Formal schools and homeschooling may both be good education systems, however more parents are recognizing the advantages for their children attending non-government run schools.
🔹In the spring of 2019 there were about 2.5 million homeschool students in grades K-12 in the United States.
🔹The homeschool population is continuing to grow (at an estimated 2% to 8% per annum over the past few years).
🔹By March 2022, there were an estimated 5.1 million homeschool students in grades K-12 in the United States. This represented about 9% of school-age children.
Linda C., a 28 year-old mother of two elementary age children in central Texas, recently decided after the 2021-22 school year to make changes. Her husband, Javier and she have elected to join a growing group of families in their area to homeschool “beginning immediately.”
“With so much politics, indoctrination and questions about curriculum–like critical race theory and teaching sex education to 6 year olds–we are happy with our decision to homeschool,” Linda said.
“We waited for the school term to be over to make this move,” Javier explained. “We believe in prayer. These schools may teach basics like math, reading, writing and stuff, but the soft skills of manners, getting along and figuring out things for yourself is important.”
In their research, the couple found “the homeschool opportunities are endless,” Linda continued. “We have a wonderful library, the internet is rich with information and curriculum. There are opportunities to learn from field trips. The local farmers, ranchers, the emergency management services, are some that came to mind.
Other parents they have talked with point out that for them, “homeschooling is more flexible in educating, especially soft skills,” Linda continued. “Because there are so many kinds of soft skills it takes time to learn them then teach them gradually. We’re talking about things like time management, team work, communication, leadership, critical thinking, decision making.”
“Homeschooling, by its very nature, teaches soft skills,” says Laura Young, a Christian homeschool teacher who has former students now homeschooling children. “Students learn time management when they aren’t restricted to certain class periods, but still need to finish their work by the deadline.”
They learn “teamwork when they finish a household project together (such as making dinner), communication through being part of the family and learning to get along, leadership when they are placed in charge of a project, critical thinking through everyday life that isn’t planned in advance, same with decision making,” she expressed.
“All these things are an important part of why homeschooling is superior to any other method. And the beauty of it is that these skills are taught organically through doing life together instead of artificially using workbooks.”
Research on homeschooling show that the home-educated are doing well, typically above average, on measures of social, emotional, and psychological development.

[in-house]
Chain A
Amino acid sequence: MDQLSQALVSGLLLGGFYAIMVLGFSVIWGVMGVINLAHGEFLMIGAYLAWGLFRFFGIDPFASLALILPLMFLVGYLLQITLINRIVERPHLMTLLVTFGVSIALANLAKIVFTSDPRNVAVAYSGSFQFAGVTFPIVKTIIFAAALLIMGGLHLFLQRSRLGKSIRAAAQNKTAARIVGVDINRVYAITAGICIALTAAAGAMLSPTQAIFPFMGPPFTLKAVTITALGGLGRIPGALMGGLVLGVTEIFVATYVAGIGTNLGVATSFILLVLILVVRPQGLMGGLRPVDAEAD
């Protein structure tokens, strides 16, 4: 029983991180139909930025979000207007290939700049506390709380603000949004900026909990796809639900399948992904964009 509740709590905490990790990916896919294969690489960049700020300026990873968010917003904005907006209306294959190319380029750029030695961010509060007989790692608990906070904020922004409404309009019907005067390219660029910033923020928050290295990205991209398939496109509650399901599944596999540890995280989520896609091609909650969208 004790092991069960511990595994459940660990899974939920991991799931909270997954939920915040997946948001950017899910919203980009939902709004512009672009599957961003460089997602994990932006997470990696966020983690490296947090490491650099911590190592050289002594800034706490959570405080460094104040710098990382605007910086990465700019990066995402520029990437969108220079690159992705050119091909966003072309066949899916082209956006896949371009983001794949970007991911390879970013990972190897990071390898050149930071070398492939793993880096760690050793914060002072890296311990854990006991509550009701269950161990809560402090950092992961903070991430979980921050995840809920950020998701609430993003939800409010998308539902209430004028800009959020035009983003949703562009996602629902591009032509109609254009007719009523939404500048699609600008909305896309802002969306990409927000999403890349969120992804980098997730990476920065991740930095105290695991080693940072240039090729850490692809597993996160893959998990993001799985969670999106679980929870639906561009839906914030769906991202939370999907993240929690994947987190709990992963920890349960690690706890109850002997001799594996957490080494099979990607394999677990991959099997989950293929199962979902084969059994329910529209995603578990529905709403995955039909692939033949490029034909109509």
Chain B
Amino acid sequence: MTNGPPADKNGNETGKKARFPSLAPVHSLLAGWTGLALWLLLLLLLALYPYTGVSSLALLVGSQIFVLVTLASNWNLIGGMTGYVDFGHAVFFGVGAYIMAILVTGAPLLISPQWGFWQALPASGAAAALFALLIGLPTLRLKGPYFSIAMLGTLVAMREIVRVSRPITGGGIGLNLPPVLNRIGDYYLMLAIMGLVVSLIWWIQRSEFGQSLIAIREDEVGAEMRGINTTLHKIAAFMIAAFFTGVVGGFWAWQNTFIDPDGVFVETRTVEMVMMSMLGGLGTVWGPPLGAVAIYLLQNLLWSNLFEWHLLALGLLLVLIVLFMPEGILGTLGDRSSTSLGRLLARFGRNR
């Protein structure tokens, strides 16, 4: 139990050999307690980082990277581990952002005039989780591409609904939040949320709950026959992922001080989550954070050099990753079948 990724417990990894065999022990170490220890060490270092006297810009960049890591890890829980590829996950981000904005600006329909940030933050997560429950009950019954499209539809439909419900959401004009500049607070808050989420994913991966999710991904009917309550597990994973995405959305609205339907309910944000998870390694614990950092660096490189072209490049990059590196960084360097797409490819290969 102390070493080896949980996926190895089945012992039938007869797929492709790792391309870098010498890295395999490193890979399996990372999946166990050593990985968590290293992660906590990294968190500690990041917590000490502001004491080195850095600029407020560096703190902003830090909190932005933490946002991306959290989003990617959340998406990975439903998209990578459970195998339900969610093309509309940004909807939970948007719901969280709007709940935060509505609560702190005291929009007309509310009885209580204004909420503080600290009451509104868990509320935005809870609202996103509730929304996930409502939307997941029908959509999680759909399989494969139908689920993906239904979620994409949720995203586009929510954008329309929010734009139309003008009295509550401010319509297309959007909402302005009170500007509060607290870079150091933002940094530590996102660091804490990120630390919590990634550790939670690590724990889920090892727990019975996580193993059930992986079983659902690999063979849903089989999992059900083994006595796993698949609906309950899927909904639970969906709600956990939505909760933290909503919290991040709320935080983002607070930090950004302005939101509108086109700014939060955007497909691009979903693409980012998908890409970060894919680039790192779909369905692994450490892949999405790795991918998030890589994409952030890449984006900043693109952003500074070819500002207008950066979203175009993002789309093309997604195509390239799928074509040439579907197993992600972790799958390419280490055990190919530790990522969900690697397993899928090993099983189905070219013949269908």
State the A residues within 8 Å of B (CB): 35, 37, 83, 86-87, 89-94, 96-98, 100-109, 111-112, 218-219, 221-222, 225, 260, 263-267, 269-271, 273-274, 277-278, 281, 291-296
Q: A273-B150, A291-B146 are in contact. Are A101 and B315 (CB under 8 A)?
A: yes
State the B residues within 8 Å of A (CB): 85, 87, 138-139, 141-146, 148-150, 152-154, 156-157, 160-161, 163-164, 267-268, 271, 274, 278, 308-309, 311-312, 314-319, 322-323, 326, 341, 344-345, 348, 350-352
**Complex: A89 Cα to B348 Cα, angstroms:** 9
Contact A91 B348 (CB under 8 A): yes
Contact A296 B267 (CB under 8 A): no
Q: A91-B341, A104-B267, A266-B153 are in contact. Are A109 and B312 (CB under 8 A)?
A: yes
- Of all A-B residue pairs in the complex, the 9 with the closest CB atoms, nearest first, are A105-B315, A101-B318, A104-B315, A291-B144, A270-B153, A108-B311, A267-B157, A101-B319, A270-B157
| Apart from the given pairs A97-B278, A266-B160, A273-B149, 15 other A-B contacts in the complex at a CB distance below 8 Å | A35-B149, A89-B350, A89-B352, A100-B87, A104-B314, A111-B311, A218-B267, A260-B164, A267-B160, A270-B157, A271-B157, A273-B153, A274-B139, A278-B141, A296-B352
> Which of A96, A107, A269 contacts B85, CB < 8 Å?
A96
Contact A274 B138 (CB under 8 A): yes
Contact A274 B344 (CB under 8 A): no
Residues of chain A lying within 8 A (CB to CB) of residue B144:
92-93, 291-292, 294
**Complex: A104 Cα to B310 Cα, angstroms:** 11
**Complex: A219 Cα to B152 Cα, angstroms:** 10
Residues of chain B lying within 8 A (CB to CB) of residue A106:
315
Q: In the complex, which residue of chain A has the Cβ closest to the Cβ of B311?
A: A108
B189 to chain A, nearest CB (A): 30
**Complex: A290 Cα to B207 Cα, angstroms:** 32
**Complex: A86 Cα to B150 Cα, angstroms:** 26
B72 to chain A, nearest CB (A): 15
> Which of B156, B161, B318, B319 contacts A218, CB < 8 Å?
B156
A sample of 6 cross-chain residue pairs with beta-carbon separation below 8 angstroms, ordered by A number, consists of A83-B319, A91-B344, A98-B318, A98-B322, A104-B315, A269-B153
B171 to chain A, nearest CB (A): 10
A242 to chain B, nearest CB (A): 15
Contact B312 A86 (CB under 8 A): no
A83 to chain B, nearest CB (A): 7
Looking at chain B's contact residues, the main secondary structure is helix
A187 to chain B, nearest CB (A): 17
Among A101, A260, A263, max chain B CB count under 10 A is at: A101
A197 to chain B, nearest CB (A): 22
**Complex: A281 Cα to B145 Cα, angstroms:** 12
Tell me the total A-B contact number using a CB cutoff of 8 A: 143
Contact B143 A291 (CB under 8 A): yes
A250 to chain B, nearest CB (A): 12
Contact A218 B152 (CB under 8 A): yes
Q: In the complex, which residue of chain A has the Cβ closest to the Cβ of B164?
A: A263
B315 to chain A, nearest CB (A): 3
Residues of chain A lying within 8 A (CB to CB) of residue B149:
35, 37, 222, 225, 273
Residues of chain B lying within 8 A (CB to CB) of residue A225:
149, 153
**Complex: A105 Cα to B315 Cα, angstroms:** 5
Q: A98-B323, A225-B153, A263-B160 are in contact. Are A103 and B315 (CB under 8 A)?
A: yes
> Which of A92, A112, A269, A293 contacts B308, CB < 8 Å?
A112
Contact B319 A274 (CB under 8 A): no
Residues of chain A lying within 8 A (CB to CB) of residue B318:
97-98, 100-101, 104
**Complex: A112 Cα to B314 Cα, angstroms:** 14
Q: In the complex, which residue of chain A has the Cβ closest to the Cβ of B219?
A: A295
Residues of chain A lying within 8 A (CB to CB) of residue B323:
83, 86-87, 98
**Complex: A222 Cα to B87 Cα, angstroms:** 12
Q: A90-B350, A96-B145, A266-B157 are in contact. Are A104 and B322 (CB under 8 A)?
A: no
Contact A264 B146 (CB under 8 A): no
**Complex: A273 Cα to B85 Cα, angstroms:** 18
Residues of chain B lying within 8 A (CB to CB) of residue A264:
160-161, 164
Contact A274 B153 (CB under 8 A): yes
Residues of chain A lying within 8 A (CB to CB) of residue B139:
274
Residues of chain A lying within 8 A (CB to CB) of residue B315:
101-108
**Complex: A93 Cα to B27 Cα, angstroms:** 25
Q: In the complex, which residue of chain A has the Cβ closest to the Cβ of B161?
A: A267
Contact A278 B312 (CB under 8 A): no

According to National Home Education Research Institute, measures include peer interaction, self-concept, leadership skills, family cohesion, participation in community service, and self-esteem.
The most common reasons given for homeschooling is to provide a safer environment for children and youth, because of physical violence, drugs and alcohol, psychological abuse, racism, and improper and unhealthy sexuality associated with institutional schools.
Other reasons given for homeschooling include:
- customize or individualize the curriculum and learning environment for each child,
- accomplish more academically than in schools,
- use pedagogical approaches other than those typical in institutional schools,
- enhance family relationships between children and parents and among siblings,
- provide guided and reasoned social interactions with youthful peers and adults,
- provide a safer environment for children and youth, because of physical violence, drugs and alcohol, psychological abuse, racism, and improper and unhealthy sexuality associated with institutional schools, and
- as an alternative education approach when public or private institutional schools are closed due to acute health situations such as related to disease (e.g., Covid-19, Coronavirus)
- protect minority children from racism in public schools or lower expectations of children of color (e.g., black) (e.g., Fields-Smith, 2020; Mazama & Lundy, 2012).
- teach and impart a particular set of values, beliefs, and worldview to children and youth.
The home-educated typically score higher on SATs and ACT than their public-school counterparts.
- Homeschool students score above average on achievement tests regardless of their parents’ level of formal education or their family’s household income.
- Whether homeschool parents were ever certified teachers is not related to their children’s academic achievement.
- Degree of state control and regulation of homeschooling is not related to academic achievement.
- Home-educated students typically score above average on the SAT and ACT tests that colleges consider for admissions.
- Homeschool students are increasingly being actively recruited by colleges.
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